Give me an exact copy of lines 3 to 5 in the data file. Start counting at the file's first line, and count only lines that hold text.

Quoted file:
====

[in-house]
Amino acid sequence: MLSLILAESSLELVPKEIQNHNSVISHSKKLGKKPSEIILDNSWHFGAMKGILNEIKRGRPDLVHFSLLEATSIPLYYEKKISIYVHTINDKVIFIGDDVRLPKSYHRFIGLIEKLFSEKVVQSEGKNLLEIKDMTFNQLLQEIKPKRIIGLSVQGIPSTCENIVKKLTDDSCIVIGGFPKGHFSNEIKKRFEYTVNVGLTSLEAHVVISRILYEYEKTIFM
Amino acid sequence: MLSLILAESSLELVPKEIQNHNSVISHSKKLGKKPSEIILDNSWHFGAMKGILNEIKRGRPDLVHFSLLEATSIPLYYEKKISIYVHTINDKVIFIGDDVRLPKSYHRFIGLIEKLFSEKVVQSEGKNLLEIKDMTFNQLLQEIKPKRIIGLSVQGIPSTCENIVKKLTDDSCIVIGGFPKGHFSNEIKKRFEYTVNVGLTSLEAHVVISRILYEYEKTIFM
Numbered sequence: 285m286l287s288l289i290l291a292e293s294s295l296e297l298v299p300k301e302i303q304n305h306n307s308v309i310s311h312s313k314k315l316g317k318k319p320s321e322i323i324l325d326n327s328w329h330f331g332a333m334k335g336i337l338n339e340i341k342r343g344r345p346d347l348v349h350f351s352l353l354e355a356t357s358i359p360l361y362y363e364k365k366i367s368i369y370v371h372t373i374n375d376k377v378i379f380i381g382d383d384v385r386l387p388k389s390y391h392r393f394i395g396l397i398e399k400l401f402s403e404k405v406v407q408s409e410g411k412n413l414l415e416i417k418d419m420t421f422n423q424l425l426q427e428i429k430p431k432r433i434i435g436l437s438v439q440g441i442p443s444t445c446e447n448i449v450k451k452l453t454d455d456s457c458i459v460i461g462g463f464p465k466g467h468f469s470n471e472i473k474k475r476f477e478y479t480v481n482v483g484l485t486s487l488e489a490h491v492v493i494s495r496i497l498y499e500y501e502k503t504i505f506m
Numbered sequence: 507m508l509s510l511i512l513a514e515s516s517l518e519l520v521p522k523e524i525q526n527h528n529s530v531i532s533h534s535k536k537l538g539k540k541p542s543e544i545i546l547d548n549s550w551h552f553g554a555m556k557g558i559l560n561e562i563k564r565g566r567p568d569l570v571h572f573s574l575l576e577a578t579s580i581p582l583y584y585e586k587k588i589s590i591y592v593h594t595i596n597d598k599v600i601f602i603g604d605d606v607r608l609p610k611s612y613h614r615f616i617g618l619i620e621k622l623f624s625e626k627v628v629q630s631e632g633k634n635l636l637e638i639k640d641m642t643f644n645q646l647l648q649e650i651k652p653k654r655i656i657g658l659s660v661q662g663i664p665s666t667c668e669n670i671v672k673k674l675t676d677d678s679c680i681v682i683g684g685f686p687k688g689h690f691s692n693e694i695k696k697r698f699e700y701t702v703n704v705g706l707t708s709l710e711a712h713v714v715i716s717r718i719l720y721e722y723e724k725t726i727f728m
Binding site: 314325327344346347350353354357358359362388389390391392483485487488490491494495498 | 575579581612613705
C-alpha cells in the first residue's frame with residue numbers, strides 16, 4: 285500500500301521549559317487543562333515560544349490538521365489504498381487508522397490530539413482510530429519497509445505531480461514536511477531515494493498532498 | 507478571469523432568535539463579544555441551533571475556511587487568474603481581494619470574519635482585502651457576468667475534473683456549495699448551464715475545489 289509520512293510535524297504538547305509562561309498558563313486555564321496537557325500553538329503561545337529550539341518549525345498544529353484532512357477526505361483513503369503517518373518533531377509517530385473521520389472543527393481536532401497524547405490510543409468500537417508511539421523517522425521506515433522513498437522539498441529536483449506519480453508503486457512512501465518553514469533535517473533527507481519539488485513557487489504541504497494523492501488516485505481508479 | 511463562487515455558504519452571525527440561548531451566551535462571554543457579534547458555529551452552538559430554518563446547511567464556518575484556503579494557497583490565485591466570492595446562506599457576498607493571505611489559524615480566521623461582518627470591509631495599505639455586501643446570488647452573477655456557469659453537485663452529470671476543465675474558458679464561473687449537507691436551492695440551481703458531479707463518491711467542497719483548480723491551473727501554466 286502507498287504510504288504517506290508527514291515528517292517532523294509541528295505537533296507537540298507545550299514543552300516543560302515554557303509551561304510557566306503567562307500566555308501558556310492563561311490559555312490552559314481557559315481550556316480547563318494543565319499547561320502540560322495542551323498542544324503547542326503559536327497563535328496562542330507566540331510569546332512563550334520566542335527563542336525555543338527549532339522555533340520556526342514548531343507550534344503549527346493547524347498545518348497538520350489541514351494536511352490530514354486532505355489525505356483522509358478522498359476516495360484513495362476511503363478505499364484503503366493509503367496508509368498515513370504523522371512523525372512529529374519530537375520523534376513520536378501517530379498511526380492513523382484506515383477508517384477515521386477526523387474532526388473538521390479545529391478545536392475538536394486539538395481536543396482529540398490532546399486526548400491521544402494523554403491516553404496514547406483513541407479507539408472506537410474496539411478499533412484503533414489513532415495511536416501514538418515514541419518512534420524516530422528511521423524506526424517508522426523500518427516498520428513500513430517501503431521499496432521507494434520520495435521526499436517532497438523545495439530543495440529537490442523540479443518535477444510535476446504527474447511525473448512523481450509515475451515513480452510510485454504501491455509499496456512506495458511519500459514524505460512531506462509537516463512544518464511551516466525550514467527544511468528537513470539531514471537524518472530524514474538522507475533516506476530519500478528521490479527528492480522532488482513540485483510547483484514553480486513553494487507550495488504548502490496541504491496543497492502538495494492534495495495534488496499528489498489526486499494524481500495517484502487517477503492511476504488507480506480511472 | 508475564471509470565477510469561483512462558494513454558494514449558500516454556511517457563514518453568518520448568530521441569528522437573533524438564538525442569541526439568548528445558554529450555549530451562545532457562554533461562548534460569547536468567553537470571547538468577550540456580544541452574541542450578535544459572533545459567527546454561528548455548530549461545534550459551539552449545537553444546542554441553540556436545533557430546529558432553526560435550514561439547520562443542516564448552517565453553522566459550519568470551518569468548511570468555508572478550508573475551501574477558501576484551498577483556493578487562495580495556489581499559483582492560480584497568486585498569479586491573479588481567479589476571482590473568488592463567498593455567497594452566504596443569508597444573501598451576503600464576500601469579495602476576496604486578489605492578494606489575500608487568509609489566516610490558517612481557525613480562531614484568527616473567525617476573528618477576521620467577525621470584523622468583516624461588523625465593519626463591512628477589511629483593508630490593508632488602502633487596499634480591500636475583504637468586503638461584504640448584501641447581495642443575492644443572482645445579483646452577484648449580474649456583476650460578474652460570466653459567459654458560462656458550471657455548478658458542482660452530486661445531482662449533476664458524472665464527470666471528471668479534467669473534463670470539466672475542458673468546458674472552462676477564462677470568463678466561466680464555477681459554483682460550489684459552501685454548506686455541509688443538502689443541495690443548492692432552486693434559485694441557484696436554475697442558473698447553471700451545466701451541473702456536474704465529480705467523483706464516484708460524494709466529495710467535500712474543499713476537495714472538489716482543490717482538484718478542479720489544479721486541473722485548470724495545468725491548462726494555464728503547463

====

Amino acid sequence: MLSLILAESSLELVPKEIQNHNSVISHSKKLGKKPSEIILDNSWHFGAMKGILNEIKRGRPDLVHFSLLEATSIPLYYEKKISIYVHTINDKVIFIGDDVRLPKSYHRFIGLIEKLFSEKVVQSEGKNLLEIKDMTFNQLLQEIKPKRIIGLSVQGIPSTCENIVKKLTDDSCIVIGGFPKGHFSNEIKKRFEYTVNVGLTSLEAHVVISRILYEYEKTIFM
Numbered sequence: 285m286l287s288l289i290l291a292e293s294s295l296e297l298v299p300k301e302i303q304n305h306n307s308v309i310s311h312s313k314k315l316g317k318k319p320s321e322i323i324l325d326n327s328w329h330f331g332a333m334k335g336i337l338n339e340i341k342r343g344r345p346d347l348v349h350f351s352l353l354e355a356t357s358i359p360l361y362y363e364k365k366i367s368i369y370v371h372t373i374n375d376k377v378i379f380i381g382d383d384v385r386l387p388k389s390y391h392r393f394i395g396l397i398e399k400l401f402s403e404k405v406v407q408s409e410g411k412n413l414l415e416i417k418d419m420t421f422n423q424l425l426q427e428i429k430p431k432r433i434i435g436l437s438v439q440g441i442p443s444t445c446e447n448i449v450k451k452l453t454d455d456s457c458i459v460i461g462g463f464p465k466g467h468f469s470n471e472i473k474k475r476f477e478y479t480v481n482v483g484l485t486s487l488e489a490h491v492v493i494s495r496i497l498y499e500y501e502k503t504i505f506m
Numbered sequence: 507m508l509s510l511i512l513a514e515s516s517l518e519l520v521p522k523e524i525q526n527h528n529s530v531i532s533h534s535k536k537l538g539k540k541p542s543e544i545i546l547d548n549s550w551h552f553g554a555m556k557g558i559l560n561e562i563k564r565g566r567p568d569l570v571h572f573s574l575l576e577a578t579s580i581p582l583y584y585e586k587k588i589s590i591y592v593h594t595i596n597d598k599v600i601f602i603g604d605d606v607r608l609p610k611s612y613h614r615f616i617g618l619i620e621k622l623f624s625e626k627v628v629q630s631e632g633k634n635l636l637e638i639k640d641m642t643f644n645q646l647l648q649e650i651k652p653k654r655i656i657g658l659s660v661q662g663i664p665s666t667c668e669n670i671v672k673k674l675t676d677d678s679c680i681v682i683g684g685f686p687k688g689h690f691s692n693e694i695k696k697r698f699e700y701t702v703n704v705g706l707t708s709l710e711a712h713v714v715i716s717r718i719l720y721e722y723e724k725t726i727f728m